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 Weather Station

Products > Plectranthus argentatus
Plectranthus argentatus - Silver Plectranthus

[2nd Image]
Habit and Cultural Information
Category: Perennial
Family: Lamiaceae (Labiatae) (Mints)
Origin: Australia (Australasia)
Evergreen: Yes
Flower Color: Violet
Bloomtime: Spring/Summer
Synonyms: [P. argnetatus 'Longwood Silver']
Height: 2-3 feet
Width: 4-6 feet
Exposure: Shade
Irrigation (H2O Info): Medium Water Needs
Winter Hardiness: 25-30 F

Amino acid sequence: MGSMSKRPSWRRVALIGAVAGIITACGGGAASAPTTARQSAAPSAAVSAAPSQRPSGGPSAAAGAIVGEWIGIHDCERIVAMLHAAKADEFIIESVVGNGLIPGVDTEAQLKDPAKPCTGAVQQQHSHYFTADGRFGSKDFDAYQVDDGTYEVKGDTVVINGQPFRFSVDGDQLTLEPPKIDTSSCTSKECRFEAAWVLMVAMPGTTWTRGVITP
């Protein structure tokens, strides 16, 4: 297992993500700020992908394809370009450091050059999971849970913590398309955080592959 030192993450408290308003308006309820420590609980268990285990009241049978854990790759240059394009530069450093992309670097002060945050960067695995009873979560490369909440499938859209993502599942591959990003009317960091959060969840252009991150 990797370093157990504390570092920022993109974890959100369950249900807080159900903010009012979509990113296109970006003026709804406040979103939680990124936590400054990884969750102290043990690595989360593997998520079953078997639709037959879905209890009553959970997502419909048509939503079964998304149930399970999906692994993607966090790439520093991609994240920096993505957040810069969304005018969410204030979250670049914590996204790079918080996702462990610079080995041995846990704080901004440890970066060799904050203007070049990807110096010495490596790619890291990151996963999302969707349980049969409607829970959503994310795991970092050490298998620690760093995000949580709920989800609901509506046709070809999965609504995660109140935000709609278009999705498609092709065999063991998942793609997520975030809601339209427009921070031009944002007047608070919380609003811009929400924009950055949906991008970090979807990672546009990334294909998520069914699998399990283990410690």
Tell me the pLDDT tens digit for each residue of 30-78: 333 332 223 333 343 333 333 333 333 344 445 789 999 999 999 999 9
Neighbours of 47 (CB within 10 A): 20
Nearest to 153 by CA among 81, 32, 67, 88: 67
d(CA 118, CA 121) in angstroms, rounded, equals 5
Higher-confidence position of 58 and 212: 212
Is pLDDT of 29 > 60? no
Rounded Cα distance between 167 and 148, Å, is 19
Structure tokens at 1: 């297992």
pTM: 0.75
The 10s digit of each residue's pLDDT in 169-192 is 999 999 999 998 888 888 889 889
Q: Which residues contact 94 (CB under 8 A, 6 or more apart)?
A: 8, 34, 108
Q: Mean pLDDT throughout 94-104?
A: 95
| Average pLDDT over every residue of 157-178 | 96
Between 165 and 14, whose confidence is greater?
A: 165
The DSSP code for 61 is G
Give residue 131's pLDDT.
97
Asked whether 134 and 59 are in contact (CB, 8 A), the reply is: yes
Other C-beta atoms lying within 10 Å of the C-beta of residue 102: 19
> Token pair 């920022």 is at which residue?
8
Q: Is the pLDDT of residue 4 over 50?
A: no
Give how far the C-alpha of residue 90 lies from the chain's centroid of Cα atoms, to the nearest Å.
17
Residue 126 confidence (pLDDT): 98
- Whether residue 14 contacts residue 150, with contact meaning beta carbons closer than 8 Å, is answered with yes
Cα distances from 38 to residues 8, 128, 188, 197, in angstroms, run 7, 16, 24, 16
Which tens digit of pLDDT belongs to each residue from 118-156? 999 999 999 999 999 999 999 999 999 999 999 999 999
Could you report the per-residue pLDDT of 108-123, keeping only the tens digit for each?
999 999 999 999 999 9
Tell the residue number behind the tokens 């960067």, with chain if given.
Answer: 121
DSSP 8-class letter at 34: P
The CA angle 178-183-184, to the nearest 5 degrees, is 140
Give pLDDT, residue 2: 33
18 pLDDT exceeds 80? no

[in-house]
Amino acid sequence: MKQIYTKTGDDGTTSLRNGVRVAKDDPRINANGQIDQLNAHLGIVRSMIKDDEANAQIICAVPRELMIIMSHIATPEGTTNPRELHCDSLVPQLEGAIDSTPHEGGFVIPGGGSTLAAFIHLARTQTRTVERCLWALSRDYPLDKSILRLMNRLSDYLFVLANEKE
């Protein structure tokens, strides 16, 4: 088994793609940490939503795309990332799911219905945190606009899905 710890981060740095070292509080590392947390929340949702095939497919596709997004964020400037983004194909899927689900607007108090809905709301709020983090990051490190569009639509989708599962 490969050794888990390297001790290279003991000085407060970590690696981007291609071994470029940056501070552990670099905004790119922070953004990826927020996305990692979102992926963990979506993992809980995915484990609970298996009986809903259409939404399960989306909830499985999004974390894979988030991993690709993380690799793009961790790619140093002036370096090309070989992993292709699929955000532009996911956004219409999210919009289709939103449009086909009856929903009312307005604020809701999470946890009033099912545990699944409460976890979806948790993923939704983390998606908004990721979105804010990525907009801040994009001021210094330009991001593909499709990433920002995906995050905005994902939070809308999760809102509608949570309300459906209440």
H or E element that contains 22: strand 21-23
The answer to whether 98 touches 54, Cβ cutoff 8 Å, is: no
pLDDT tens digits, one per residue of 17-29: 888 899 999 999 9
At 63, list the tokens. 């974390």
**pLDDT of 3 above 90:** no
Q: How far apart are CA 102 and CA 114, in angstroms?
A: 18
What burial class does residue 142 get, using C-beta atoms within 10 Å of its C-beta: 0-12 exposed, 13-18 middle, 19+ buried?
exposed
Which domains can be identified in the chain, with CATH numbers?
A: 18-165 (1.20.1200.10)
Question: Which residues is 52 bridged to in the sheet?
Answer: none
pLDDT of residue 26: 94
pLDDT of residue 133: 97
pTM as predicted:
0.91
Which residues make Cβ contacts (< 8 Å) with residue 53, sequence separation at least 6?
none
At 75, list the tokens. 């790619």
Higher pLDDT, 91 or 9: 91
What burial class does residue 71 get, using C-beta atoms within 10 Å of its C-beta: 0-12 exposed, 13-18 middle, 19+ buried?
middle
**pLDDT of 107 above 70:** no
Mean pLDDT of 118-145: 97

Plectranthus argentatus (Silver Plectranthus) - A native of Australia (south-western Queensland and north-eastern New South Wales), this evergreen perennial (shrub) is treated as an annual in frost prone climates. It is a fast growing plant to 2 to 3 feet tall by 4 to 6 feet wide with 5 inch long by 3 inch wide soft, fuzzy silver foliage and an abundance of 8 to 12 inch long spikes of reddish-purple buds that open to very pale violet (almost white) flowers summer to fall (August-October). The flowers are nice but they are not as showy as the foliage. Plant in full sun to partial shade - plants seem more lush with some shade and it can even take a dark shade. This plant is reasonably drought-resistant in good soil when mulched but looks best if given regular to occasional irrigation and tolerates moist soils. Hardy and evergreen to 25 F; has resprouted from the ground after temperatures just below 20 F. This plant can be damaged by strong winds or by traffic along paths due to very brittle branches and can be a little scraggly so prune occasionally to keep tight and promote new growth - cutting back hard every couple years in late winter to early spring can rejuvenate the plant and keep it quite handsome. The name for the genus comes from the Greek words 'plektron' meaning a "spur" and 'anthos' meaning "flower" in reference to the spur that is found at the base of the corolla tube of the type species Plectranthus fruticosus. The specific epithet comes from the Latin word 'argent' meaning "silver" and the adjectival suffix 'atus' meaning "possessing" or "a likeness" for the leaves being a silver-like color. Our plants came from Rick Dark of Longwood Gardens in 1991 and appear to be the same as what is sold by some nurseries as 'Longwood Silver'.  The information on this webpage is based on research conducted about this plant in our nursery library, from online sources, as well as from observations made of it as it grows in the nursery in containers, in the nursery's garden and in other gardens where we have observed it growing. We will also incorporate comments received from others and welcome getting feedback from those who may have additional information, particularly if this information includes cultural information that would aid others in growing  Plectranthus argentatus.